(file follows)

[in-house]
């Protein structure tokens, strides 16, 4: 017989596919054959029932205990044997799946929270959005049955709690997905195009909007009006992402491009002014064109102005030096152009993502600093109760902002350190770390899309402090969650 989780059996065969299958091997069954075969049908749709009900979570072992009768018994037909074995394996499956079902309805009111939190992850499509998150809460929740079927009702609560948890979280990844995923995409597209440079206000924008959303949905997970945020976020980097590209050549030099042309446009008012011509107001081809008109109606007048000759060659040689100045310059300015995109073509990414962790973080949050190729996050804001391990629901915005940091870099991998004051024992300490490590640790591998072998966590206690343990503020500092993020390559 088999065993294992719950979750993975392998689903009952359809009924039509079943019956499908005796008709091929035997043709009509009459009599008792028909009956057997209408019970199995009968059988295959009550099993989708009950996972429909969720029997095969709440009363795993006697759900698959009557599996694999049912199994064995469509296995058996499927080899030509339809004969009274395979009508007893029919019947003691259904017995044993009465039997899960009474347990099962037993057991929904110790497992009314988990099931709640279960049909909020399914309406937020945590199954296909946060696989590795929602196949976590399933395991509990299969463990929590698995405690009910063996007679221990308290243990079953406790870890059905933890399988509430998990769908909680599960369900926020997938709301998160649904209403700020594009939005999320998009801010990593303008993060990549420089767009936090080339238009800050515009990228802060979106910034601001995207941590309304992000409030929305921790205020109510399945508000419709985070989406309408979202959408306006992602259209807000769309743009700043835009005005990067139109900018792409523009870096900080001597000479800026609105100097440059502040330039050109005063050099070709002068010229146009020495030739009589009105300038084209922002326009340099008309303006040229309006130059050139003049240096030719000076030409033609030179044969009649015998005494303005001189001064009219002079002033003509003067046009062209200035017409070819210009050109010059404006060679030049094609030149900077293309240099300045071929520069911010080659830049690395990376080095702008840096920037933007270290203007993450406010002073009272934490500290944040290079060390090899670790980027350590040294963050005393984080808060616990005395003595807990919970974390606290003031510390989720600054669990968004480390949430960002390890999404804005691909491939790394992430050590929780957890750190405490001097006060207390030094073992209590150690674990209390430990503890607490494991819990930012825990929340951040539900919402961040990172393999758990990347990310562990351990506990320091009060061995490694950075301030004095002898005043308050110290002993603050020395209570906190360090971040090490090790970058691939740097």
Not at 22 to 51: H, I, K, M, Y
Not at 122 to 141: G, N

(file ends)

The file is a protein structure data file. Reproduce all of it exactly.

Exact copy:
[in-house]
């Protein structure tokens, strides 16, 4: 017989596919054959029932205990044997799946929270959005049955709690997905195009909007009006992402491009002014064109102005030096152009993502600093109760902002350190770390899309402090969650 989780059996065969299958091997069954075969049908749709009900979570072992009768018994037909074995394996499956079902309805009111939190992850499509998150809460929740079927009702609560948890979280990844995923995409597209440079206000924008959303949905997970945020976020980097590209050549030099042309446009008012011509107001081809008109109606007048000759060659040689100045310059300015995109073509990414962790973080949050190729996050804001391990629901915005940091870099991998004051024992300490490590640790591998072998966590206690343990503020500092993020390559 088999065993294992719950979750993975392998689903009952359809009924039509079943019956499908005796008709091929035997043709009509009459009599008792028909009956057997209408019970199995009968059988295959009550099993989708009950996972429909969720029997095969709440009363795993006697759900698959009557599996694999049912199994064995469509296995058996499927080899030509339809004969009274395979009508007893029919019947003691259904017995044993009465039997899960009474347990099962037993057991929904110790497992009314988990099931709640279960049909909020399914309406937020945590199954296909946060696989590795929602196949976590399933395991509990299969463990929590698995405690009910063996007679221990308290243990079953406790870890059905933890399988509430998990769908909680599960369900926020997938709301998160649904209403700020594009939005999320998009801010990593303008993060990549420089767009936090080339238009800050515009990228802060979106910034601001995207941590309304992000409030929305921790205020109510399945508000419709985070989406309408979202959408306006992602259209807000769309743009700043835009005005990067139109900018792409523009870096900080001597000479800026609105100097440059502040330039050109005063050099070709002068010229146009020495030739009589009105300038084209922002326009340099008309303006040229309006130059050139003049240096030719000076030409033609030179044969009649015998005494303005001189001064009219002079002033003509003067046009062209200035017409070819210009050109010059404006060679030049094609030149900077293309240099300045071929520069911010080659830049690395990376080095702008840096920037933007270290203007993450406010002073009272934490500290944040290079060390090899670790980027350590040294963050005393984080808060616990005395003595807990919970974390606290003031510390989720600054669990968004480390949430960002390890999404804005691909491939790394992430050590929780957890750190405490001097006060207390030094073992209590150690674990209390430990503890607490494991819990930012825990929340951040539900919402961040990172393999758990990347990310562990351990506990320091009060061995490694950075301030004095002898005043308050110290002993603050020395209570906190360090971040090490090790970058691939740097």
Not at 22 to 51: H, I, K, M, Y
Not at 122 to 141: G, N